Nelson, Arthur Derry M.D.
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a visionary physician and Scottsdale Memorial Health Systems, Inc. President who helped establish family practice as a board-certified specialty, died of complications related to Alzheimer's disease in Arlington, VA, on October 15. He was 89. Nelson graduated from the United States Military Academy in West Point on D-Day in 1944. He trained with the Army Corps of Engineers before being shipped to France to build bridges for the war effort, and shortly afterward paraded down the Champs-Elysees along with thousands of troops celebrating the Liberation of Paris. He rose to the rank of Major and served a three-year tour in Honduras during a mission to unify the North American and Central American armies. In 1950 he received a Master of Science (Civil Engineering) from Harvard. The following year, while teaching chemistry at West Point, he married a physician, Sarah Burton. Nelson left the Army in 1953 and the young couple moved with their first child to Pennsylvania, where they eventually settled in Blue Bell, a suburb of Philadelphia.
Inspired by his wife's career, Nelson attended Temple University School of Medicine while working multiple part-time jobs, then joined Sarah in a private general practice located in their home. Old-fashioned, small-town family physicians, "Dr. Sally" and "Dr. Art" made house calls, including in the middle of the night, and charged patients on a sliding scale, according to ability to pay. Their three children considered the office an extended part of their playground and were permitted, during off hours, to listen for heartbeats with stethoscopes, convert extra plastic syringes to squirt guns, and steal away tongue depressors for use in art projects.
After three years of practice, Nelson taught public health and community medicine at Temple University School of Medicine and later became Executive Director of Temple University Hospital.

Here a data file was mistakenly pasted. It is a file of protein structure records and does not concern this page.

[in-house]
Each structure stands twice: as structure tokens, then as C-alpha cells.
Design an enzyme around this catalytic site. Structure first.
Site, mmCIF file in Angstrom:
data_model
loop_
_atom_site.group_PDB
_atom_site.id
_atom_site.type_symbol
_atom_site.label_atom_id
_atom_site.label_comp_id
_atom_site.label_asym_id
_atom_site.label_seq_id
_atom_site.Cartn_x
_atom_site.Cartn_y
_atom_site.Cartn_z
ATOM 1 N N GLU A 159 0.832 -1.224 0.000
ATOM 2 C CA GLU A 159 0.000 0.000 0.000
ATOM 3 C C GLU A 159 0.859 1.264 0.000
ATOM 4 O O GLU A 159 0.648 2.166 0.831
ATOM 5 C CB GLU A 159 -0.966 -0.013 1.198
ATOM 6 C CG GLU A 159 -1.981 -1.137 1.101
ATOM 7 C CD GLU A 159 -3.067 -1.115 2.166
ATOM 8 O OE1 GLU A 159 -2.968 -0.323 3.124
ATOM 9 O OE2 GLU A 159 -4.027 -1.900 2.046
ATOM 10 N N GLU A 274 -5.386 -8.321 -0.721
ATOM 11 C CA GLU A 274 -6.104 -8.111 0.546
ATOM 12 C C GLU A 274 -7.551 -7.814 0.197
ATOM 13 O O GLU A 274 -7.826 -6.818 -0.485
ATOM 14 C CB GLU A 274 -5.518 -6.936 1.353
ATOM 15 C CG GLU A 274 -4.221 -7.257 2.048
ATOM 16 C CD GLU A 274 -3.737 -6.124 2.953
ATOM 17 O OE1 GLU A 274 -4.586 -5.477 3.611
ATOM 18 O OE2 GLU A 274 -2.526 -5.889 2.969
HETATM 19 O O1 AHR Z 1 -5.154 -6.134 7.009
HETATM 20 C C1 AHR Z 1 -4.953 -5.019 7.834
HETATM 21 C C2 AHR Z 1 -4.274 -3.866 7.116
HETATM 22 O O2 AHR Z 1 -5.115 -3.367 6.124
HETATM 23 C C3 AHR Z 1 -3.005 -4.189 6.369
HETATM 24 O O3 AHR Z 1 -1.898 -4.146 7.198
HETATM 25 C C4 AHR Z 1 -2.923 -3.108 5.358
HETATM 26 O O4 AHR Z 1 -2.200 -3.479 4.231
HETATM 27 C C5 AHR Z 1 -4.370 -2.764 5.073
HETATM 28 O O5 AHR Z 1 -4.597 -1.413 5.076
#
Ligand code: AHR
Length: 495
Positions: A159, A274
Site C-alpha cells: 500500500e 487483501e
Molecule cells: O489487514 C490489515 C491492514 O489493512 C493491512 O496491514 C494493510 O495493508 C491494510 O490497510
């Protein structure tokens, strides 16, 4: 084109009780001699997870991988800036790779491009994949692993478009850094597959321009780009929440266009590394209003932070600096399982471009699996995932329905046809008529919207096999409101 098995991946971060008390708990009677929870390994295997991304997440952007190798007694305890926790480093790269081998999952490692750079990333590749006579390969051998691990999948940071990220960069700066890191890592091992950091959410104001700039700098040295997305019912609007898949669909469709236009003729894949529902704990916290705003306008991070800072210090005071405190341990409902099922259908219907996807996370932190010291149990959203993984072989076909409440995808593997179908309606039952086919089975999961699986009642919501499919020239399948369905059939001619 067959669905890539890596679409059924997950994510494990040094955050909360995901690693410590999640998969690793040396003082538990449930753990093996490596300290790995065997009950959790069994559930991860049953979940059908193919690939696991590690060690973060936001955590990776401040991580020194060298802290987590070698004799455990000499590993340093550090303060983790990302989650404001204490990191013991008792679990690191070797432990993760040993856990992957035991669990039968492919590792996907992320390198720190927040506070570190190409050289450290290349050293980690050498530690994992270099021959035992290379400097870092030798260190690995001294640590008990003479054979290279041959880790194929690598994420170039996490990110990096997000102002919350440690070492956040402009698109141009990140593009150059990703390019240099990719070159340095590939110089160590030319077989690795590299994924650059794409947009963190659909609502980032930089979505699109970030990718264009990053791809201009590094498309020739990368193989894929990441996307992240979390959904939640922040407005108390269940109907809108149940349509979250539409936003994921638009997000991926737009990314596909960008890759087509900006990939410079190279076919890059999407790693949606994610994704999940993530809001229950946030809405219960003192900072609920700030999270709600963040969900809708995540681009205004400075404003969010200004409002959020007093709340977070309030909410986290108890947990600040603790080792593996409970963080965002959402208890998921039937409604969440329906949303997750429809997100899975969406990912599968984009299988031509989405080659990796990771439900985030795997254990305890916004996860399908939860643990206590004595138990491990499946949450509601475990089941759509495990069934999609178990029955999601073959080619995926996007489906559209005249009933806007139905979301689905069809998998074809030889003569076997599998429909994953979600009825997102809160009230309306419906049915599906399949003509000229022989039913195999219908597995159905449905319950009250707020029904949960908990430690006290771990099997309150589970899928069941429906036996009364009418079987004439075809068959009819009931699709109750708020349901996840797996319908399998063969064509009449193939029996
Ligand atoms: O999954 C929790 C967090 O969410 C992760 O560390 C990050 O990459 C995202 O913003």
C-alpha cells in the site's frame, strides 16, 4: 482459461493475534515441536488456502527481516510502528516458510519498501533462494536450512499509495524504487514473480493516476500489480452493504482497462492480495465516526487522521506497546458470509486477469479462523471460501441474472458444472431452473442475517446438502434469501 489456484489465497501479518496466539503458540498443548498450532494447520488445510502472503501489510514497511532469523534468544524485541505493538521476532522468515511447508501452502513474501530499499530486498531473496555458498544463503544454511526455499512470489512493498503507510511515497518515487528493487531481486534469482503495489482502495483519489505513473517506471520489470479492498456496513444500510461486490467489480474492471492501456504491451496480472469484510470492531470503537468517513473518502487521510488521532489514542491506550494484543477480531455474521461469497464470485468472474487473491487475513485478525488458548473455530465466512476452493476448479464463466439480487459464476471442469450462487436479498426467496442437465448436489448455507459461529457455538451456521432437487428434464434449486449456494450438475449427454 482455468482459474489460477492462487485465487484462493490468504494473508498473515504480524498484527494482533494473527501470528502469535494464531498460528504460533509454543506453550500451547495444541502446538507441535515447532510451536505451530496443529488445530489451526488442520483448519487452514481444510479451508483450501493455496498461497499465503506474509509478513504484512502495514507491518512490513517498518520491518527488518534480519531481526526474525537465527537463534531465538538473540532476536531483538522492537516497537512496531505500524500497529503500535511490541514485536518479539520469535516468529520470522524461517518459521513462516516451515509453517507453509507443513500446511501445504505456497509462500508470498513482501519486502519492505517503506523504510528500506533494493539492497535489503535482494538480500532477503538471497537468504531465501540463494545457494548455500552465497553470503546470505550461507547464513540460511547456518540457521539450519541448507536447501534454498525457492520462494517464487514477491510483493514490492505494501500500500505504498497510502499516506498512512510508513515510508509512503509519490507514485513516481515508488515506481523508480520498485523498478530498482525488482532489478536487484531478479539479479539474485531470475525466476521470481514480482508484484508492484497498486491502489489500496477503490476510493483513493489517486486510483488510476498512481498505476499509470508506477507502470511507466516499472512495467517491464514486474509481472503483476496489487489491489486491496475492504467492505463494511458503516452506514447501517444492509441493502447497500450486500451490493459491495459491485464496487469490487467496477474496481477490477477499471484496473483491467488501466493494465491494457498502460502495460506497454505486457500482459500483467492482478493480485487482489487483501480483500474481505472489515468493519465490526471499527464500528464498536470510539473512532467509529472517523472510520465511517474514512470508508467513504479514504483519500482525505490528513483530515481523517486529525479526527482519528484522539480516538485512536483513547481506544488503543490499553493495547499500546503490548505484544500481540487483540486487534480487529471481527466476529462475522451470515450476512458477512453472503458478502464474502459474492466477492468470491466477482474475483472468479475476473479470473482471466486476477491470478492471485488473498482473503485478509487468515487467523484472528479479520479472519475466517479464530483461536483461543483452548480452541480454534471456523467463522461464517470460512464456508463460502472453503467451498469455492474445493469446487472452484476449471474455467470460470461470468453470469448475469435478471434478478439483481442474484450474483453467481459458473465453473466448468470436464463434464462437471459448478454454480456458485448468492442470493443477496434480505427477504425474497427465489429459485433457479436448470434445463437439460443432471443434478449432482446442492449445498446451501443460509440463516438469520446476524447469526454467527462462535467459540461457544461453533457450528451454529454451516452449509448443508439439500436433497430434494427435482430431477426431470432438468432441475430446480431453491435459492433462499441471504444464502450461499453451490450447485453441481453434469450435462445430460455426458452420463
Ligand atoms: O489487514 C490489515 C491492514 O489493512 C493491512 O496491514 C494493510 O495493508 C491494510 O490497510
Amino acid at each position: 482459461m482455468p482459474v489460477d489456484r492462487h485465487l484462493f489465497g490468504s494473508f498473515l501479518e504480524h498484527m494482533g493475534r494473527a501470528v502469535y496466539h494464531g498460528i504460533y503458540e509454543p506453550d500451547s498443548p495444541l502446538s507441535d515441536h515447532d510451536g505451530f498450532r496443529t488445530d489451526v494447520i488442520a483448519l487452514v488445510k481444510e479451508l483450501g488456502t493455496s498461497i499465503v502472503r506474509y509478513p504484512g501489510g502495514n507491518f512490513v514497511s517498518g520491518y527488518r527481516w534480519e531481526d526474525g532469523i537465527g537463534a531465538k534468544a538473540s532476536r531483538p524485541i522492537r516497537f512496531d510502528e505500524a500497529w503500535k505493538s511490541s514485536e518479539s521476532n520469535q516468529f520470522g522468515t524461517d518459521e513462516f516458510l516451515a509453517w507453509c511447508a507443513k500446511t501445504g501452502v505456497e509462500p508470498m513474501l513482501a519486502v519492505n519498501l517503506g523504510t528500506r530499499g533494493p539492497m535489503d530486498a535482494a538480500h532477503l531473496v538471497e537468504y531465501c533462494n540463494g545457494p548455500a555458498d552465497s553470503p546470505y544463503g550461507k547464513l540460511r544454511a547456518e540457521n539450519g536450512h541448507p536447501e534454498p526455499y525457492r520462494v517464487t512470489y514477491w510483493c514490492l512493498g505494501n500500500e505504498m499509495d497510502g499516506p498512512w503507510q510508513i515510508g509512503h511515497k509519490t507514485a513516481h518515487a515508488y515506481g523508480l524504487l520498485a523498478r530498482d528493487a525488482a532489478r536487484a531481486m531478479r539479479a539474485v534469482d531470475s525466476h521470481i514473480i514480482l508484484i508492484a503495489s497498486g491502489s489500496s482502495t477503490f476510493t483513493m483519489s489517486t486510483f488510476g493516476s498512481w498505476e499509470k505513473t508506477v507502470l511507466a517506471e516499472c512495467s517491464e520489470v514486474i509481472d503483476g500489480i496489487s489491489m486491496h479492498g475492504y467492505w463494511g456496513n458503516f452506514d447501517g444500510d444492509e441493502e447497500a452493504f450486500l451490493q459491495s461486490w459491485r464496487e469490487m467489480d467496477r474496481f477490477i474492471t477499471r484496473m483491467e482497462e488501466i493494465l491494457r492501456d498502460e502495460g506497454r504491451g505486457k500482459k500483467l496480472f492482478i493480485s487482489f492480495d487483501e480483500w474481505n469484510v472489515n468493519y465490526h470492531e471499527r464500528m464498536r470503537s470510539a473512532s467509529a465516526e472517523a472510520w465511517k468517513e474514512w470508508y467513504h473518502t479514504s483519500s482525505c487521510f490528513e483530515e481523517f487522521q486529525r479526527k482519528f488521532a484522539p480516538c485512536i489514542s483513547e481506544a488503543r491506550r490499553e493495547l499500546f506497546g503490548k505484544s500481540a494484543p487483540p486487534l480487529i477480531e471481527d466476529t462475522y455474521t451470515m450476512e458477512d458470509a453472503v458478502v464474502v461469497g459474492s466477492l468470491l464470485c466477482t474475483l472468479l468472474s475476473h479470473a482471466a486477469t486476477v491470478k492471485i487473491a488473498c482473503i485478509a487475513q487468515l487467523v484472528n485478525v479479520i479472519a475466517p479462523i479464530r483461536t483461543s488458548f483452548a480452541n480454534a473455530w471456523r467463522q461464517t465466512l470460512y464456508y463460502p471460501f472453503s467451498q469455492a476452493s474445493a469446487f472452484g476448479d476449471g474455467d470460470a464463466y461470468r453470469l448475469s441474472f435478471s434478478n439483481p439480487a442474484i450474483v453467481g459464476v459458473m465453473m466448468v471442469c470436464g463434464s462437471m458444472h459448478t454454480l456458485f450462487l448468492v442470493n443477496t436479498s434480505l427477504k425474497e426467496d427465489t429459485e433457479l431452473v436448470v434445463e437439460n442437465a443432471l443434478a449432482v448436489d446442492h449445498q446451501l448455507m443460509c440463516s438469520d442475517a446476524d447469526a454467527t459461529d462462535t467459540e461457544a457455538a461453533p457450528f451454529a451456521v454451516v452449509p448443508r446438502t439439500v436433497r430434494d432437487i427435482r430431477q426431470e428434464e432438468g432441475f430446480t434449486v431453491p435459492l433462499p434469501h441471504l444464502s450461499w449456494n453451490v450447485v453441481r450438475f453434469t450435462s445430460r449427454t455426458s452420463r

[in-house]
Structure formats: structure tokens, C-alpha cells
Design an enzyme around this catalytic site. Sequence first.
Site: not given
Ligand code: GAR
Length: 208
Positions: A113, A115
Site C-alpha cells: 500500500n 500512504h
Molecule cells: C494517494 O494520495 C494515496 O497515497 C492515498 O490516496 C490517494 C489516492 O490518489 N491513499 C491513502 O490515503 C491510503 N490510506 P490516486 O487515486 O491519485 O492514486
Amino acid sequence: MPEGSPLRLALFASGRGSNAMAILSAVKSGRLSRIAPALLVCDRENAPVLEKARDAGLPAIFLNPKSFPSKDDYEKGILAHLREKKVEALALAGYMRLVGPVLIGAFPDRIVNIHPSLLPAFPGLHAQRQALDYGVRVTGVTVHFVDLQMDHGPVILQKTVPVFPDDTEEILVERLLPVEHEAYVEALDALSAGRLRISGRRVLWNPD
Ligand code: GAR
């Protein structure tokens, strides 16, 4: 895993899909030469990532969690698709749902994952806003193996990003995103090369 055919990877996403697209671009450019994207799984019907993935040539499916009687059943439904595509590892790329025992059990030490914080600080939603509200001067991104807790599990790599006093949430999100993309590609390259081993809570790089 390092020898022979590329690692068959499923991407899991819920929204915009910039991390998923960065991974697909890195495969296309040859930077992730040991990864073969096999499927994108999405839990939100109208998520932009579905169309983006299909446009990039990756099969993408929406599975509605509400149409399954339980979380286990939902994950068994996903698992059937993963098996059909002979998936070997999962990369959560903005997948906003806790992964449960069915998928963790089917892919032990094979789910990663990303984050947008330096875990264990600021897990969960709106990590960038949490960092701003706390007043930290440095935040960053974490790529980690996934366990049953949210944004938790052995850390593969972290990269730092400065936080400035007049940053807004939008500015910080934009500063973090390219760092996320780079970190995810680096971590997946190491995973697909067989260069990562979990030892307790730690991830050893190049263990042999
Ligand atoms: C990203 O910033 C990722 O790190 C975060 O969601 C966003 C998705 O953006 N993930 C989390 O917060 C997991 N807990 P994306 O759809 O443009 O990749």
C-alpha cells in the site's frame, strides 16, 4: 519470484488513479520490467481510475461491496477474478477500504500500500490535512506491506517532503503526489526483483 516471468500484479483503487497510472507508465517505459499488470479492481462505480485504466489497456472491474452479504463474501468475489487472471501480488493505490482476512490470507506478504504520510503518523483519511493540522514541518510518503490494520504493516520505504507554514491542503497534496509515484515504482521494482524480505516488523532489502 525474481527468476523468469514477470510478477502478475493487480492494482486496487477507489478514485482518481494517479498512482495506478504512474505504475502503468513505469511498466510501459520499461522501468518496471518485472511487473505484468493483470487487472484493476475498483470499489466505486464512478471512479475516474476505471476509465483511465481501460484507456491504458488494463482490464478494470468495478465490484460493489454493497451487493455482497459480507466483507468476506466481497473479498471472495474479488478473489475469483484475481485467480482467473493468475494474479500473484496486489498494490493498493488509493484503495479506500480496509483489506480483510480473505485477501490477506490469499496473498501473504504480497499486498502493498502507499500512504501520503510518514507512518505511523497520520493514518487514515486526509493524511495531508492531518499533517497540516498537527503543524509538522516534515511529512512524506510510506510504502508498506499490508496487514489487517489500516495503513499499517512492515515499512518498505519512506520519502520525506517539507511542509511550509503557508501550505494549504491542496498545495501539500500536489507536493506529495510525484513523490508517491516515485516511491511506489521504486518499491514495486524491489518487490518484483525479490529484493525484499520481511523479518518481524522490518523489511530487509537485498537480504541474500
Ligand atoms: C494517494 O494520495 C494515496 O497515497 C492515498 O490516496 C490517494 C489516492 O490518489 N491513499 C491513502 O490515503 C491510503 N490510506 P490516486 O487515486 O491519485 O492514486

It was during this period that Nelson began focusing on elevating family practice to a board-certified specialty. Joining with fourteen other visionaries, he served on the first board of directors (1969-74) for the American Board of Family Practice (ABFP), including in the role of President. The ABFP successfully gained American Medical Association approval to create the specialty of family practice (now called family medicine).
In 1972, he accepted an appointment as Hospital Director for Maricopa County General Hospital in Phoenix, Arizona. In 1974, he directed the new Family Practice Residency Program at Scottsdale Memorial Hospital, and graduated one of the nation's first classes of family practice specialists.
From 1976 to 1985, he served as President of Scottsdale Memorial Hospital, which in 1982 became Scottsdale Memorial Health Systems, Inc. Under his leadership, the hospital's services more than doubled. Nelson established four ambulatory care centers and built a second hospital - Scottsdale Memorial Hospital-North - in a then-unpopulated section of the city.
He also persuaded the Mayo Clinic to open a branch in Scottsdale, while simultaneously persuading other area hospitals that recruiting the "best of the best" to the Valley of the Sun would not be a competitive disadvantage but would instead become "the rising tide to lift all boats." Born in Newark, New Jersey, in 1923, the son of Hattie and Nathan, Nelson's favorite sayings included: "If you're not part of the solution, you're part of the problem"; "First, don't panic"; and "Don't argue with idiots." Nelson's marriage to his first wife ended in 1983. His marriage to a second wife, Arizona car dealer Linda Brock, ended in 2004. That same year, Nelson was diagnosed with early Alzheimer's and moved to Arlington, Virginia to live near his daughter Mariah. Nelson is survived by his brother, Gilbert Nelson, of Hingham, Massachusetts; his children: Carol Nelson Shepherd of Philadelphia, Peter Martin Nelson of Los Angeles, and Mariah Burton Nelson of Arlington, VA; and six grandchildren.
Published in The Arizona Republic on Oct. 28, 2012